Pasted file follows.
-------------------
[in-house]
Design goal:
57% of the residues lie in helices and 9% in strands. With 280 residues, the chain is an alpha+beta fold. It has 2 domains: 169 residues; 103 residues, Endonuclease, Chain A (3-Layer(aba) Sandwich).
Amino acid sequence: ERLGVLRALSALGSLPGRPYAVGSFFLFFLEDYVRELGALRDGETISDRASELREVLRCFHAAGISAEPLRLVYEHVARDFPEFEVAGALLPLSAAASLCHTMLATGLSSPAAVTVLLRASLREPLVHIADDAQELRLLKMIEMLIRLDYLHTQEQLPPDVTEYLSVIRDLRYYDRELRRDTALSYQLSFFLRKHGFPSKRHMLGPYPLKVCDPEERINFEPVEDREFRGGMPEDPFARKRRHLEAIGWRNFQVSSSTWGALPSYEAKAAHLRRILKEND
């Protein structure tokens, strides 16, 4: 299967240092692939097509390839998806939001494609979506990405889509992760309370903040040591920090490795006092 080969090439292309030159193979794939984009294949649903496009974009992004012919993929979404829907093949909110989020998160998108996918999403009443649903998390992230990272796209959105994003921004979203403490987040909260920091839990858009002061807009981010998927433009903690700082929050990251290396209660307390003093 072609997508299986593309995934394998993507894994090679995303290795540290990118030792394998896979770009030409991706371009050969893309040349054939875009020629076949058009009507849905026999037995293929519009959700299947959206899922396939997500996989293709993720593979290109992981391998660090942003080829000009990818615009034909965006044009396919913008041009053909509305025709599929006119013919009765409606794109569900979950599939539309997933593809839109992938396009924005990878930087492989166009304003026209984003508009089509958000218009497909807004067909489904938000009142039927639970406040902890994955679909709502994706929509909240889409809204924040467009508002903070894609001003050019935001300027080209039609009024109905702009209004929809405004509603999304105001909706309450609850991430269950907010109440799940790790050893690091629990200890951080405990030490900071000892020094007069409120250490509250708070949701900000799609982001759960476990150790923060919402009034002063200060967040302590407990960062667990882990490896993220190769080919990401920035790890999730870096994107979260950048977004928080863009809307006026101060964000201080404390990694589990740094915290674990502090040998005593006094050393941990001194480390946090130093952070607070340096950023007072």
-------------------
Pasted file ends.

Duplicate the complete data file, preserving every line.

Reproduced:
[in-house]
Design goal:
57% of the residues lie in helices and 9% in strands. With 280 residues, the chain is an alpha+beta fold. It has 2 domains: 169 residues; 103 residues, Endonuclease, Chain A (3-Layer(aba) Sandwich).
Amino acid sequence: ERLGVLRALSALGSLPGRPYAVGSFFLFFLEDYVRELGALRDGETISDRASELREVLRCFHAAGISAEPLRLVYEHVARDFPEFEVAGALLPLSAAASLCHTMLATGLSSPAAVTVLLRASLREPLVHIADDAQELRLLKMIEMLIRLDYLHTQEQLPPDVTEYLSVIRDLRYYDRELRRDTALSYQLSFFLRKHGFPSKRHMLGPYPLKVCDPEERINFEPVEDREFRGGMPEDPFARKRRHLEAIGWRNFQVSSSTWGALPSYEAKAAHLRRILKEND
């Protein structure tokens, strides 16, 4: 299967240092692939097509390839998806939001494609979506990405889509992760309370903040040591920090490795006092 080969090439292309030159193979794939984009294949649903496009974009992004012919993929979404829907093949909110989020998160998108996918999403009443649903998390992230990272796209959105994003921004979203403490987040909260920091839990858009002061807009981010998927433009903690700082929050990251290396209660307390003093 072609997508299986593309995934394998993507894994090679995303290795540290990118030792394998896979770009030409991706371009050969893309040349054939875009020629076949058009009507849905026999037995293929519009959700299947959206899922396939997500996989293709993720593979290109992981391998660090942003080829000009990818615009034909965006044009396919913008041009053909509305025709599929006119013919009765409606794109569900979950599939539309997933593809839109992938396009924005990878930087492989166009304003026209984003508009089509958000218009497909807004067909489904938000009142039927639970406040902890994955679909709502994706929509909240889409809204924040467009508002903070894609001003050019935001300027080209039609009024109905702009209004929809405004509603999304105001909706309450609850991430269950907010109440799940790790050893690091629990200890951080405990030490900071000892020094007069409120250490509250708070949701900000799609982001759960476990150790923060919402009034002063200060967040302590407990960062667990882990490896993220190769080919990401920035790890999730870096994107979260950048977004928080863009809307006026101060964000201080404390990694589990740094915290674990502090040998005593006094050393941990001194480390946090130093952070607070340096950023007072």